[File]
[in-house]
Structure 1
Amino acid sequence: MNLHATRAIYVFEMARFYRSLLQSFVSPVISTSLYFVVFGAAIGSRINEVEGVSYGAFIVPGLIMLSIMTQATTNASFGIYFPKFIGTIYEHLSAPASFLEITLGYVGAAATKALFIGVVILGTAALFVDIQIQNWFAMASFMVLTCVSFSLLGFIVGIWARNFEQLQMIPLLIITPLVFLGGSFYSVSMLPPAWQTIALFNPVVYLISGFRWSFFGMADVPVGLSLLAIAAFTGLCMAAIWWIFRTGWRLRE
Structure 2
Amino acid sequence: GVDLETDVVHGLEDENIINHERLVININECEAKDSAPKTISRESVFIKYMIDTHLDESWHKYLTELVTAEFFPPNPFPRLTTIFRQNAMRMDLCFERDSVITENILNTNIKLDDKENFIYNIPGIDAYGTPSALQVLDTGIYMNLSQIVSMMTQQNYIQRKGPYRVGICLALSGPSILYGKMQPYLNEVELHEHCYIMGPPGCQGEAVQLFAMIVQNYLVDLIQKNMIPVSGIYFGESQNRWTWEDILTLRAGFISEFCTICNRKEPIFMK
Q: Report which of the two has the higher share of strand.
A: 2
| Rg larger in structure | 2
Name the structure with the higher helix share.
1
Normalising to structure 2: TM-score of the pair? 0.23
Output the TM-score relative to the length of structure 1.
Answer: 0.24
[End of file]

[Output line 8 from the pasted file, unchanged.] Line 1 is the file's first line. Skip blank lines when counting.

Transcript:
| Rg larger in structure | 2